A reader thinks his identity was stolen from an urgent care center. Now what?

Question: In January, I went to an urgent care center after I fell off a ladder. I was treated really good. But last month, I started getting calls from a really obnoxious bill collector. He said I owed $3,000 for my son’s treatment for a broken arm. Here’s the thing: I don’t have a son! At least not one that I know of.

I told the guy he got it wrong, but he and another dude keep calling me. They’re threatening all kinds of trouble. I went back to the urgent care center, and they said they didn’t know anything about this. When I told the bill collectors that the urgent care center would vouch for me, they didn’t care. They want their money, and they’re calling every day. What the hell do I do?

— Paul in Colorado

Howard Dvorkin CPA answers…

You’re not going to find this reassuring, Paul, but you’re not alone. Last month alone, Debt.com reported twice on the growing problem of medical identity theft.

First, we reported that 44 percent of all American adults fear this particular form of ID theft. Then we noted that one-third of all data breaches come from inside hospitals. So what can you do? Most advice on this topic — including Debt.com’s — is how to prevent this sickening kind of theft.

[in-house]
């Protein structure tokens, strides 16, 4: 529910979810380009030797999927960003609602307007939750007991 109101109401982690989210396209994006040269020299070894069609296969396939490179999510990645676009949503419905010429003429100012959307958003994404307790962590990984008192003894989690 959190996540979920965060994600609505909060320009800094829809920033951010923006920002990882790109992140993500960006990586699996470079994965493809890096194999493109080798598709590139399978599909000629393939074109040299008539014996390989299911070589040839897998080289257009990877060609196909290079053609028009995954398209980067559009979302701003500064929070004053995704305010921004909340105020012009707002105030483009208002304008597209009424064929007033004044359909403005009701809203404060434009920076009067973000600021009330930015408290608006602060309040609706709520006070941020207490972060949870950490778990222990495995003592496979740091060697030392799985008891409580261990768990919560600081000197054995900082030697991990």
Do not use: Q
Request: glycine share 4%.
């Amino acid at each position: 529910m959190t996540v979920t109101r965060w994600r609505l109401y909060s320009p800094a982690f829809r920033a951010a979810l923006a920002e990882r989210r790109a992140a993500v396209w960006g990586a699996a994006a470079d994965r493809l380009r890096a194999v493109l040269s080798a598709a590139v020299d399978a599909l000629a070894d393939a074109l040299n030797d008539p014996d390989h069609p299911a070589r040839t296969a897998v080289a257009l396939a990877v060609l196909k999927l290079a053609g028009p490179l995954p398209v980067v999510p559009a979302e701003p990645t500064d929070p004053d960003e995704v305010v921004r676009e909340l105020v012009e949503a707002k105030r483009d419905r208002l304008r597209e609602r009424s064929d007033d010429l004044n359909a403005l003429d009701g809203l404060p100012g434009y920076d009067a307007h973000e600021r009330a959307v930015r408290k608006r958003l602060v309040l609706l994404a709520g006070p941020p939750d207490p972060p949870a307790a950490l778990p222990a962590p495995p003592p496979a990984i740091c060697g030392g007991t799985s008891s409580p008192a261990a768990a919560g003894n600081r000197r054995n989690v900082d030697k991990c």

What if it’s already happened, however? That’s the case with you, Paul. There’s a name for what you’re facing. It’s called collector harassment. You can read all about it in Collector Harassment Basics.

Advertisement

Fortunately, there’s a law that governs — and punishes — bill collectors. It’s called the Fair Debt Collection Practices Act, or FDCPA for short. For instance, when you say collectors are calling you “every day,” the FDCPA says can’t call you Sundays or before 8 a.m. or after 9 p.m. on the other days. There are many other restrictions, too…

  • They can’t use obscene language.
  • They can’t threaten you with harm or arrest.
  • They can’t call you without identifying themselves.

If the calls are still coming, you can get a free consultation of your situation by filling out this collector harassment form. Debt.com will match you with a specialist in the field of ending such harassment. To help you, these specialists will charge a small fee, but you don’t pay for the consultation. If you don’t follow up with us, Paul, please consult someone. Bill collectors seldom give up on their own. Someone has to stop them.

Have a debt question?

Email your question to editor@debt.com and Howard Dvorkin will review it. Dvorkin is a CPA, chairman of Debt.com, and author of two personal finance books, Credit Hell: How to Dig Yourself Out of Debt and Power Up: Taking Charge of Your Financial Destiny.

News, Tech

Ask the Expert, collector harassment, health, identity theft

Related Posts

Article last modified on April 17, 2017. Published by Debt.com, LLC . Mobile users may also access the AMP Version: Ask the Expert: How Sick Is This Form Of Identity Theft? - AMP.